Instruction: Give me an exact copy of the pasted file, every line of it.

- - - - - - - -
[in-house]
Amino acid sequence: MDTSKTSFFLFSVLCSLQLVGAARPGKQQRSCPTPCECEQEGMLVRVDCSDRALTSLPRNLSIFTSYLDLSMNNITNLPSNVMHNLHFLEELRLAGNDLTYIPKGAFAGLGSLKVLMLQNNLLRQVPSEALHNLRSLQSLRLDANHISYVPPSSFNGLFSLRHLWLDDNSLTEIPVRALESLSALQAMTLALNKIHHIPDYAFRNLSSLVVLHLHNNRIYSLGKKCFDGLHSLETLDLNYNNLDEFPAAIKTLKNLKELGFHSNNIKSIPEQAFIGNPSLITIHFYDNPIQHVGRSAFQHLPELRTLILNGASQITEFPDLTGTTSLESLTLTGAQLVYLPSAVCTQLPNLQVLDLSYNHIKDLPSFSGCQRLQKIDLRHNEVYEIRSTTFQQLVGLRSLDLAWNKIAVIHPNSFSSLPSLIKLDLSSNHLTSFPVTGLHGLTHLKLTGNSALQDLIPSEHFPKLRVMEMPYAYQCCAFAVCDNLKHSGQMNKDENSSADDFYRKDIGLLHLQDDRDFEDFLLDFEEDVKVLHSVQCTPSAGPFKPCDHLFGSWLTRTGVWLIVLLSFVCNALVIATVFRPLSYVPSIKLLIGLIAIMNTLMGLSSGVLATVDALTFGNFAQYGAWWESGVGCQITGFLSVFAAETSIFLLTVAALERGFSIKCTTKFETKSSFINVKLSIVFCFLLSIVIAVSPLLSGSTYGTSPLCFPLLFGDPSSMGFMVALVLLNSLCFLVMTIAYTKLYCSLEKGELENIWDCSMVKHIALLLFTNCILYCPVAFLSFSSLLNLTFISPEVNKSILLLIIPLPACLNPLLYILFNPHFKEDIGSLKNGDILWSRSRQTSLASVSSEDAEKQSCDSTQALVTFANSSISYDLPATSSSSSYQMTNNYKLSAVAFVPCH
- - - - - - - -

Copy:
[in-house]
Amino acid sequence: MDTSKTSFFLFSVLCSLQLVGAARPGKQQRSCPTPCECEQEGMLVRVDCSDRALTSLPRNLSIFTSYLDLSMNNITNLPSNVMHNLHFLEELRLAGNDLTYIPKGAFAGLGSLKVLMLQNNLLRQVPSEALHNLRSLQSLRLDANHISYVPPSSFNGLFSLRHLWLDDNSLTEIPVRALESLSALQAMTLALNKIHHIPDYAFRNLSSLVVLHLHNNRIYSLGKKCFDGLHSLETLDLNYNNLDEFPAAIKTLKNLKELGFHSNNIKSIPEQAFIGNPSLITIHFYDNPIQHVGRSAFQHLPELRTLILNGASQITEFPDLTGTTSLESLTLTGAQLVYLPSAVCTQLPNLQVLDLSYNHIKDLPSFSGCQRLQKIDLRHNEVYEIRSTTFQQLVGLRSLDLAWNKIAVIHPNSFSSLPSLIKLDLSSNHLTSFPVTGLHGLTHLKLTGNSALQDLIPSEHFPKLRVMEMPYAYQCCAFAVCDNLKHSGQMNKDENSSADDFYRKDIGLLHLQDDRDFEDFLLDFEEDVKVLHSVQCTPSAGPFKPCDHLFGSWLTRTGVWLIVLLSFVCNALVIATVFRPLSYVPSIKLLIGLIAIMNTLMGLSSGVLATVDALTFGNFAQYGAWWESGVGCQITGFLSVFAAETSIFLLTVAALERGFSIKCTTKFETKSSFINVKLSIVFCFLLSIVIAVSPLLSGSTYGTSPLCFPLLFGDPSSMGFMVALVLLNSLCFLVMTIAYTKLYCSLEKGELENIWDCSMVKHIALLLFTNCILYCPVAFLSFSSLLNLTFISPEVNKSILLLIIPLPACLNPLLYILFNPHFKEDIGSLKNGDILWSRSRQTSLASVSSEDAEKQSCDSTQALVTFANSSISYDLPATSSSSSYQMTNNYKLSAVAFVPCH